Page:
Starting to close the skills gap through Open Science Skills Workshops
By SSI Fellow Emma Karoune.
There are still many academic disciplines that are on the periphery of activities related to open and sustainable research. Archaeology is making some steps in this direction but there is still a long way to go.
Archaeology sits at the intersection of the humanities and sciences and as a result open science practices are being adopted at different rates throughout the discipline. Certain sub-disciplines that have always used more computational tools in their research are implementing open ways of working more quickly due to their skills being complementary to this new way of working.
This sporadic implementation of open working is resulting in large gaps in skills for certain sub-disciplines of Archaeology. It is rare for computational skills to be taught as part of Archaeology degrees. The teaching of these skills is very dependent on the lecturer's own interests, or the universities own adoption of open science. This means that these skills are not being taught routinely to archaeology students, so that they receive a grounding in open science practices and related computing skills.
To see the acceleration of sustainable research practices in our discipline, we need to fill in these skill gaps so that there is a much more coherent approach in our research. Archaeological investigations often consist of large teams with many different specialists and therefore it is currently difficult to implement open ways of working in these large projects due to a lack of skills. If we are to really gain from open research, we need to make sure that all members of our team have the knowledge of how to conduct open science projects, and also the related computational skills, so we are all heading in the same open and sustainable research direction.
Organising the workshop
As part of my SSI Fellowship, I want to start tackling this skills gap by organising Open Science Skills Workshops. I have already been helping another SSI Fellow, Alison Clarke, with running a workshop on reproducibility in archaeology and providing office hours for the Archaeology department at Durham University. But I wanted to organise an event for my own specialism, which is Environmental Archaeology.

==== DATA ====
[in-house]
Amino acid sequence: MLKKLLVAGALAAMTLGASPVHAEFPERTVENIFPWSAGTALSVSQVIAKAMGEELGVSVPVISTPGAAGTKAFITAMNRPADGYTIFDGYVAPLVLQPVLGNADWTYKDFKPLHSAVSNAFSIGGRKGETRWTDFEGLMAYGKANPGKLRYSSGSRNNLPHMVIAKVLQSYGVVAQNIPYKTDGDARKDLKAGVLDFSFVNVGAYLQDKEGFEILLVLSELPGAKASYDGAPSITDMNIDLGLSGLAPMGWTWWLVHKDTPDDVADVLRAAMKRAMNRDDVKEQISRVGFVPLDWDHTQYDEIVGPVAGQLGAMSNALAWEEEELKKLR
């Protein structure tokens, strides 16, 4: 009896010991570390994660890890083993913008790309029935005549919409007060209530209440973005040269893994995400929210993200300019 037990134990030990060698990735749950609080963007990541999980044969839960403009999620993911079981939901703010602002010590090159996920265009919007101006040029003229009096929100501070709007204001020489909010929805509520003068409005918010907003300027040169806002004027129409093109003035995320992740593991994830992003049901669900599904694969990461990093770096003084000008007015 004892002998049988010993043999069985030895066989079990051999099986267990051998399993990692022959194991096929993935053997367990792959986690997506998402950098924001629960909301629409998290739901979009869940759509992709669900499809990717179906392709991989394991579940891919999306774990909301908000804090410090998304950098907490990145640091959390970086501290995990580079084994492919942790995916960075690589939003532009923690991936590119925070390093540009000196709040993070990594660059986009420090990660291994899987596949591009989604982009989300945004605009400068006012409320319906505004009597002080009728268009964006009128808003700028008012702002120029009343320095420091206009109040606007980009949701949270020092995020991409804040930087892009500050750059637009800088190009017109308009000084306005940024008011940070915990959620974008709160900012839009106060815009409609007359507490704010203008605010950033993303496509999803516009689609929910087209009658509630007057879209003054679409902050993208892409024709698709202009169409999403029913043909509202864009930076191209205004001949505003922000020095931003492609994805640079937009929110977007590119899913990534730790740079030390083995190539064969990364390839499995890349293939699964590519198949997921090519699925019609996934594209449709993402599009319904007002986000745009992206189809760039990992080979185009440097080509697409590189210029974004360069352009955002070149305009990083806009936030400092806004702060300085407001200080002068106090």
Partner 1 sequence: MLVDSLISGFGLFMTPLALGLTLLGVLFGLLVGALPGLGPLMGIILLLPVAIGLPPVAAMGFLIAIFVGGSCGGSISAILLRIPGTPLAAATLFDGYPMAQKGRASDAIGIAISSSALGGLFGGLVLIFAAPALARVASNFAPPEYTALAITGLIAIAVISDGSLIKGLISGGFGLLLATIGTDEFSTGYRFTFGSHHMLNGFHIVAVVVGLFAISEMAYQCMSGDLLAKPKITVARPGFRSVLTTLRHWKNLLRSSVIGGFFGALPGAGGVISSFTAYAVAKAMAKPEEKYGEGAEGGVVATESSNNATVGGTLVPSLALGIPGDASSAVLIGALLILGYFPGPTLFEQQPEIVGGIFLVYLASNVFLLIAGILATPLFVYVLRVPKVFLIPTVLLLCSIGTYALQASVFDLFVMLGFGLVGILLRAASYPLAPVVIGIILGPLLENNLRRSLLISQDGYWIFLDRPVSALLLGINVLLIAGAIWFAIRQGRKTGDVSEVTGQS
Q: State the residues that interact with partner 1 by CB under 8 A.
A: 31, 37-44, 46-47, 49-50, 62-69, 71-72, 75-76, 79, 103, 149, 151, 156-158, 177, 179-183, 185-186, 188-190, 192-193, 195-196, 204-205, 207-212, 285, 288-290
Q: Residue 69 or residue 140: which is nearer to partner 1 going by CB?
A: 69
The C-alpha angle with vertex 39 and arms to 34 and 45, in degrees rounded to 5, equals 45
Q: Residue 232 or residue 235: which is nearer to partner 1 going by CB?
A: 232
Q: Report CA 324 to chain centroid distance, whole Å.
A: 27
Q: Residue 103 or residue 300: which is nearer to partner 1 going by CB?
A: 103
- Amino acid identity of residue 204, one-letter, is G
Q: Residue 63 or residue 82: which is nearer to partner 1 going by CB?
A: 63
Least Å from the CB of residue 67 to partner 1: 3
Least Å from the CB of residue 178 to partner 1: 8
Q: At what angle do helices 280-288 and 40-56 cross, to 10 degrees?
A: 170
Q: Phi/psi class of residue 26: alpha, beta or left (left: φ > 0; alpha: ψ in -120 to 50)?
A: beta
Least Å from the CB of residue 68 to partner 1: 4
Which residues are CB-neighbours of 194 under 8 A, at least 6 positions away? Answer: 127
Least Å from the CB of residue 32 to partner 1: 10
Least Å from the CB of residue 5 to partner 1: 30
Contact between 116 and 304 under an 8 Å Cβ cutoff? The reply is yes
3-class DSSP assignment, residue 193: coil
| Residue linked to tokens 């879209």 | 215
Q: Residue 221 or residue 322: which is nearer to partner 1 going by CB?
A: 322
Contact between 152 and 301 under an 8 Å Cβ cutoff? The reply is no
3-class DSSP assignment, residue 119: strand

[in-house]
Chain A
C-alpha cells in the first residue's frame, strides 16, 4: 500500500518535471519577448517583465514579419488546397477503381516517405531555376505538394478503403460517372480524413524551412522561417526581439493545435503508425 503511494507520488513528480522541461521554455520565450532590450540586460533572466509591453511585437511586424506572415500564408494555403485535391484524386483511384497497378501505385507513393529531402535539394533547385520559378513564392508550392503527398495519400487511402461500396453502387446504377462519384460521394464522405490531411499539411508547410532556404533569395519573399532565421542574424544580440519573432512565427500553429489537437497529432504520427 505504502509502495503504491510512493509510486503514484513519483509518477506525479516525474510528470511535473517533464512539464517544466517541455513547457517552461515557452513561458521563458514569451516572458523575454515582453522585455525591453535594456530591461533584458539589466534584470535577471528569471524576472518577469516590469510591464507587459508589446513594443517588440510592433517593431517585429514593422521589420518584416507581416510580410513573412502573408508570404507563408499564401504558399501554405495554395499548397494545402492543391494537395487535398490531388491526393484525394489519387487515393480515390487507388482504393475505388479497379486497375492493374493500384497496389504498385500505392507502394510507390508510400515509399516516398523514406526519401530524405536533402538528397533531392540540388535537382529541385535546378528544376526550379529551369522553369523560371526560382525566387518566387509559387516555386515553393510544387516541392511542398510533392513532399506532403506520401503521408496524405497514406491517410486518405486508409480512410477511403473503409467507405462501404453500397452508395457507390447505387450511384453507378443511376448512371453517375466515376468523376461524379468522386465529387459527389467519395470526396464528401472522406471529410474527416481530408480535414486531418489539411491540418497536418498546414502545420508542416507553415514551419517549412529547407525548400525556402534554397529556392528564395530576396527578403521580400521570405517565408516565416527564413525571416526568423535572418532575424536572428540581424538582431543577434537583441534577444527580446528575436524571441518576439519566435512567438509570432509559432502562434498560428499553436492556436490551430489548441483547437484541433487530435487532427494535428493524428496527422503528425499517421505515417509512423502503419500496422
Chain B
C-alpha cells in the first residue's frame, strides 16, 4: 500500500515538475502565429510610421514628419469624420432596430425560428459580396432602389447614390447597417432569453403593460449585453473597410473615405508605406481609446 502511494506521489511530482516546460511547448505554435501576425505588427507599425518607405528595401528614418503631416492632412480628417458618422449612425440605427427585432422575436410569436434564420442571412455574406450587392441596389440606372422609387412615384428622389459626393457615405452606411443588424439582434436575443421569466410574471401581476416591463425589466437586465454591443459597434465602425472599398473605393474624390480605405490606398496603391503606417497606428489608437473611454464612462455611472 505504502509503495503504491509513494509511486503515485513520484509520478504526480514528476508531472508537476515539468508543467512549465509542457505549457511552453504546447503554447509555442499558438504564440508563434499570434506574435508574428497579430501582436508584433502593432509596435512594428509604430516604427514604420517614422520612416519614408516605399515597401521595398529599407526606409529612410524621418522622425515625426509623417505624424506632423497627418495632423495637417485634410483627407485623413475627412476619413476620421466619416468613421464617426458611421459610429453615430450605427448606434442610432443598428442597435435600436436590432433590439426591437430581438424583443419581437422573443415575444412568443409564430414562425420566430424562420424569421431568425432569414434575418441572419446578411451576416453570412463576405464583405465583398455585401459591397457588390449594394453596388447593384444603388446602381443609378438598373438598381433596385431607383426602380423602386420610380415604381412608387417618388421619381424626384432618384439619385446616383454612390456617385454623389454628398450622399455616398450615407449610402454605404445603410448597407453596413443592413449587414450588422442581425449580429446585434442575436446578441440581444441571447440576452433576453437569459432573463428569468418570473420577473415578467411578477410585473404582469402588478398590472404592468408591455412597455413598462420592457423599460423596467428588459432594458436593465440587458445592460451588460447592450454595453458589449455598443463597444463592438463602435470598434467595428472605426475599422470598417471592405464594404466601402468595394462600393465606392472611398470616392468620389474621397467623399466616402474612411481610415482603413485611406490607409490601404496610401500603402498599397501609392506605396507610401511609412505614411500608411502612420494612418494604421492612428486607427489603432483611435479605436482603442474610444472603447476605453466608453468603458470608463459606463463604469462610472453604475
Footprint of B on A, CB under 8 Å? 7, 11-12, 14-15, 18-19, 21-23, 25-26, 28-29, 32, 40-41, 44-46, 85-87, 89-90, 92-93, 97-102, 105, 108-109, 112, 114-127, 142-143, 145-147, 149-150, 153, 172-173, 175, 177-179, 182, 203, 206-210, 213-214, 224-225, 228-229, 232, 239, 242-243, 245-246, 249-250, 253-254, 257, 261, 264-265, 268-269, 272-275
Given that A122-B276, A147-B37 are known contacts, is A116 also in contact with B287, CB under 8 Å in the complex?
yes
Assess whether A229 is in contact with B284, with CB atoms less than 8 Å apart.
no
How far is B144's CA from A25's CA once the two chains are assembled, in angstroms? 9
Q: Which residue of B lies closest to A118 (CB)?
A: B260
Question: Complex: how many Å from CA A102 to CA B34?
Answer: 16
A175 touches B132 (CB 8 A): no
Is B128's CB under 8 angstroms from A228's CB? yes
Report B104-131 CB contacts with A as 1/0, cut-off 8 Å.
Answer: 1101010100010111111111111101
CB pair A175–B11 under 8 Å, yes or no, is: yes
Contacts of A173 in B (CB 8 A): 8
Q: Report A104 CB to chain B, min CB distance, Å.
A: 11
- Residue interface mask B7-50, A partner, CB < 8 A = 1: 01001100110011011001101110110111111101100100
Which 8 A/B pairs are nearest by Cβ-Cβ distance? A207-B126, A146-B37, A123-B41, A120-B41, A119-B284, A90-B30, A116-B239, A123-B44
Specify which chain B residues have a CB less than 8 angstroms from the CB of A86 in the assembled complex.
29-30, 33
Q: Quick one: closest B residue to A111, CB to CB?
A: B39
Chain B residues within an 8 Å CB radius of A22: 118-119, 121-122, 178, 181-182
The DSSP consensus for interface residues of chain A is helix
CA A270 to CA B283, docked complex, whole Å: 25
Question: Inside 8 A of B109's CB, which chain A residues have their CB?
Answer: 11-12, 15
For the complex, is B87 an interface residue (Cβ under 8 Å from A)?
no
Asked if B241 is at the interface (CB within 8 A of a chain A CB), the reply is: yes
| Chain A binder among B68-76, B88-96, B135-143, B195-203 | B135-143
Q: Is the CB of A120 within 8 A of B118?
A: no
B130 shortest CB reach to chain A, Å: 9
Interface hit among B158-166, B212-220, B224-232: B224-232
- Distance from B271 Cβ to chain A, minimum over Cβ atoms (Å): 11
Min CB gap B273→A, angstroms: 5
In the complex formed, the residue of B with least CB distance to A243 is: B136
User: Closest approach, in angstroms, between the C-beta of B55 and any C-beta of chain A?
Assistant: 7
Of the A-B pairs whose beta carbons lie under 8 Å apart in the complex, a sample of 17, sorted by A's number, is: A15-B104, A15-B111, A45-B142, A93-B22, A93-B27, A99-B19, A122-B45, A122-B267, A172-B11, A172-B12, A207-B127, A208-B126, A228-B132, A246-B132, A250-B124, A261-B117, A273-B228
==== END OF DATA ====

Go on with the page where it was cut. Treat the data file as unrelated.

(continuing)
Earlier this year there was a conference with the theme ‘Open Science’ for the Association for Environmental Archaeology (AEA) in which researchers showed how they are starting to implement open science practices in their work (see the videos from this conference). Therefore, I felt that organising the workshop through this association would complement this previous event.
I sent out a survey to the membership of the AEA to find out what type of workshop would be most useful and also to ask about how long, when and where it might be best to host the workshop. It turned out that an introductory workshop on open science was the most popular response. There were also comments favouring an event at the weekend and also in different timezones, especially in an Americas time zone, as most previous AEA events have been organised in a European time zone.
From these survey results, I decided to organise a full day online workshop that would cover all of the different aspects of open science, some in more depth than others, and that I would run this workshop twice - once in a European time zone and the other in a timezone for North and South America.
I also wanted to recruit some speakers to help me organise and run this workshop. I had seen some great talks at the conference earlier this year by early career archaeologists working with open and reproducible workflows, so I was keen to get them involved. I also wanted the presentations to show examples from archaeology to demonstrate how open science practices can be implemented in our discipline. Hopefully, this would have a greater impact on the participants to show how relevant open science is to their own work.